• Individual Author: D’Amico, Ronald; Kim, Hui
    Reference Type: Report
    Year: 2018

    This report describes the impacts of re-entry programs developed by seven grantees that were awarded funds under the Second Chance Act (SCA) Adult Demonstration Program to reduce recidivism by addressing the challenges faced by adults returning to their communities after incarceration. In estimating impacts, the evaluation used a randomized controlled trial, whereby 966 individuals eligible for SCA were randomly assigned to either a program group whose members could participate in individualized SCA services. Each study participant was measured on a range of outcomes at 18 months after random assignment and again approximately one year later. An earlier report described impacts measured at 18 months. This report extends those results by describing the longer-term impacts and analyzing program costs. (Edited author abstract)

    This report describes the impacts of re-entry programs developed by seven grantees that were awarded funds under the Second Chance Act (SCA) Adult Demonstration Program to reduce recidivism by addressing the challenges faced by adults returning to their communities after incarceration. In estimating impacts, the evaluation used a randomized controlled trial, whereby 966 individuals eligible for SCA were randomly assigned to either a program group whose members could participate in individualized SCA services. Each study participant was measured on a range of outcomes at 18 months after random assignment and again approximately one year later. An earlier report described impacts measured at 18 months. This report extends those results by describing the longer-term impacts and analyzing program costs. (Edited author abstract)

  • Individual Author: Glosser, Asaph; Ellis, Emily
    Reference Type: Report
    Year: 2018

    People served by public assistance programs such as Temporary Assistance for Needy Families (TANF) often have difficulty finding jobs in the competitive labor market. This report describes the ways in which eight TANF programs primarily serving American Indian and Alaska Native (AIAN) families use subsidized employment. Subsidized employment programs rely on public funds to subsidize the wages that employers pay when they provide jobs to individuals who cannot find them in the competitive labor market. It can be used to create jobs in areas where there are more people interested in work than there are available jobs. It can also help individuals with barriers to employment gain work experience while earning income. (Author abstract)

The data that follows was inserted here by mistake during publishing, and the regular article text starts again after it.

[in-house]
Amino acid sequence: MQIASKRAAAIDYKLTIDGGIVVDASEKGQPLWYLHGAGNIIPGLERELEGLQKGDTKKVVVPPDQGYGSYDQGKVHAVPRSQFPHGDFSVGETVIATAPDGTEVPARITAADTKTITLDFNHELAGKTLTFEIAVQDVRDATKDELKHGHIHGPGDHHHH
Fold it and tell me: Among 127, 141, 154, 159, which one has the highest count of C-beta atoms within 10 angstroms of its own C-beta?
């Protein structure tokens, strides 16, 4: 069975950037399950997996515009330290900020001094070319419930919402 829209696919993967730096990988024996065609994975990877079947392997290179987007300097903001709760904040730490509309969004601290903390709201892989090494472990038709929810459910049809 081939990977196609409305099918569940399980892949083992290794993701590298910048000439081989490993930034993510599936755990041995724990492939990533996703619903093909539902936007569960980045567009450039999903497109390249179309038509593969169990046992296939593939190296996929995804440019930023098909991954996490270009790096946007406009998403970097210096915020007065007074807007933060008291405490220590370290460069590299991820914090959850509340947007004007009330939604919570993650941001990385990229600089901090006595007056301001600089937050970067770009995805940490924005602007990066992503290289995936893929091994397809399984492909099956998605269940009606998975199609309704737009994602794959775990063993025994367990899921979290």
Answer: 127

People served by public assistance programs such as Temporary Assistance for Needy Families (TANF) often have difficulty finding jobs in the competitive labor market. This report describes the ways in which eight TANF programs primarily serving American Indian and Alaska Native (AIAN) families use subsidized employment. Subsidized employment programs rely on public funds to subsidize the wages that employers pay when they provide jobs to individuals who cannot find them in the competitive labor market. It can be used to create jobs in areas where there are more people interested in work than there are available jobs. It can also help individuals with barriers to employment gain work experience while earning income. (Author abstract)

     

  • Individual Author: Hussermann, Jeanette; Liberman, Akiva; Parks, Erika
    Reference Type: Report
    Year: 2017

    Delivering reentry services to youth proves challenging. This brief describes the implementation and sustainability of two Juvenile Second Chance Act reentry programs in Oklahoma and Virginia. Drawing from semi-structured interviews with grantees and community and state stakeholders conducted between 2013 and 2016, evaluators document the challenges to providing prerelease support and coordinating services among institutional and community supervision agencies and organizations. This brief is part of a larger evaluation of Juvenile Offender Reentry Demonstration Projects funded by the Office of Juvenile Justice and Delinquency Prevention in fiscal year 2010. (Author abstract)

    Delivering reentry services to youth proves challenging. This brief describes the implementation and sustainability of two Juvenile Second Chance Act reentry programs in Oklahoma and Virginia. Drawing from semi-structured interviews with grantees and community and state stakeholders conducted between 2013 and 2016, evaluators document the challenges to providing prerelease support and coordinating services among institutional and community supervision agencies and organizations. This brief is part of a larger evaluation of Juvenile Offender Reentry Demonstration Projects funded by the Office of Juvenile Justice and Delinquency Prevention in fiscal year 2010. (Author abstract)